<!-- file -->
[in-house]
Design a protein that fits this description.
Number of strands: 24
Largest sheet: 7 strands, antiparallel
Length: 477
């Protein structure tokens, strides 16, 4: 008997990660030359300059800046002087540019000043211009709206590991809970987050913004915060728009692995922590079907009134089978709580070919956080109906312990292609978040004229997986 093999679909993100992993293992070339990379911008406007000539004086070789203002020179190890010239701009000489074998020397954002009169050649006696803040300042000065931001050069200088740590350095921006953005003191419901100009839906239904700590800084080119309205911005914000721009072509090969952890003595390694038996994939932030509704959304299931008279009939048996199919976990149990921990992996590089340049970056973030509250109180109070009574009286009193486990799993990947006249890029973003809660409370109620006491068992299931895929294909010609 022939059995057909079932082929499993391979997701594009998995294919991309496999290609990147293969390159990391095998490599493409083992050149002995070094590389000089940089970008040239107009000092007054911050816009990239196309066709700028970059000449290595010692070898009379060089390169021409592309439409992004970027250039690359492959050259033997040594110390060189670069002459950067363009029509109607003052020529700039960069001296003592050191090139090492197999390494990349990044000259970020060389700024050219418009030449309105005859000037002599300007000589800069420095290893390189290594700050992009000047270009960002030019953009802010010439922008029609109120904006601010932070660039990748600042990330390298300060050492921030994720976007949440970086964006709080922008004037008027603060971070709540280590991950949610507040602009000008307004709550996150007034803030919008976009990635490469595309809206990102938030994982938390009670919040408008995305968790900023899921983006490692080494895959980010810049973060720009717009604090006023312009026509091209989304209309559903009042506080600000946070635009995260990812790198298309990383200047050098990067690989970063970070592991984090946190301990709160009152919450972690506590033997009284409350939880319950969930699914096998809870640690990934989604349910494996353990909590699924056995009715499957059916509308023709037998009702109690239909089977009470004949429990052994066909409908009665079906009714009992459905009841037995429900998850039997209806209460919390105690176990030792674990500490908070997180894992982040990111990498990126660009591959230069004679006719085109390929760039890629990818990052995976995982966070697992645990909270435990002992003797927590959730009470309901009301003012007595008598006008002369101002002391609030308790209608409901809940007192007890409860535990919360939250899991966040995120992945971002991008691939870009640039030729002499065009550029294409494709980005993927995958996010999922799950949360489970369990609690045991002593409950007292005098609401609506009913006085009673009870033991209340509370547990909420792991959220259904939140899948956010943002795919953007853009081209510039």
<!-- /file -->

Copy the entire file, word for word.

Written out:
[in-house]
Design a protein that fits this description.
Number of strands: 24
Largest sheet: 7 strands, antiparallel
Length: 477
């Protein structure tokens, strides 16, 4: 008997990660030359300059800046002087540019000043211009709206590991809970987050913004915060728009692995922590079907009134089978709580070919956080109906312990292609978040004229997986 093999679909993100992993293992070339990379911008406007000539004086070789203002020179190890010239701009000489074998020397954002009169050649006696803040300042000065931001050069200088740590350095921006953005003191419901100009839906239904700590800084080119309205911005914000721009072509090969952890003595390694038996994939932030509704959304299931008279009939048996199919976990149990921990992996590089340049970056973030509250109180109070009574009286009193486990799993990947006249890029973003809660409370109620006491068992299931895929294909010609 022939059995057909079932082929499993391979997701594009998995294919991309496999290609990147293969390159990391095998490599493409083992050149002995070094590389000089940089970008040239107009000092007054911050816009990239196309066709700028970059000449290595010692070898009379060089390169021409592309439409992004970027250039690359492959050259033997040594110390060189670069002459950067363009029509109607003052020529700039960069001296003592050191090139090492197999390494990349990044000259970020060389700024050219418009030449309105005859000037002599300007000589800069420095290893390189290594700050992009000047270009960002030019953009802010010439922008029609109120904006601010932070660039990748600042990330390298300060050492921030994720976007949440970086964006709080922008004037008027603060971070709540280590991950949610507040602009000008307004709550996150007034803030919008976009990635490469595309809206990102938030994982938390009670919040408008995305968790900023899921983006490692080494895959980010810049973060720009717009604090006023312009026509091209989304209309559903009042506080600000946070635009995260990812790198298309990383200047050098990067690989970063970070592991984090946190301990709160009152919450972690506590033997009284409350939880319950969930699914096998809870640690990934989604349910494996353990909590699924056995009715499957059916509308023709037998009702109690239909089977009470004949429990052994066909409908009665079906009714009992459905009841037995429900998850039997209806209460919390105690176990030792674990500490908070997180894992982040990111990498990126660009591959230069004679006719085109390929760039890629990818990052995976995982966070697992645990909270435990002992003797927590959730009470309901009301003012007595008598006008002369101002002391609030308790209608409901809940007192007890409860535990919360939250899991966040995120992945971002991008691939870009640039030729002499065009550029294409494709980005993927995958996010999922799950949360489970369990609690045991002593409950007292005098609401609506009913006085009673009870033991209340509370547990909420792991959220259904939140899948956010943002795919953007853009081209510039």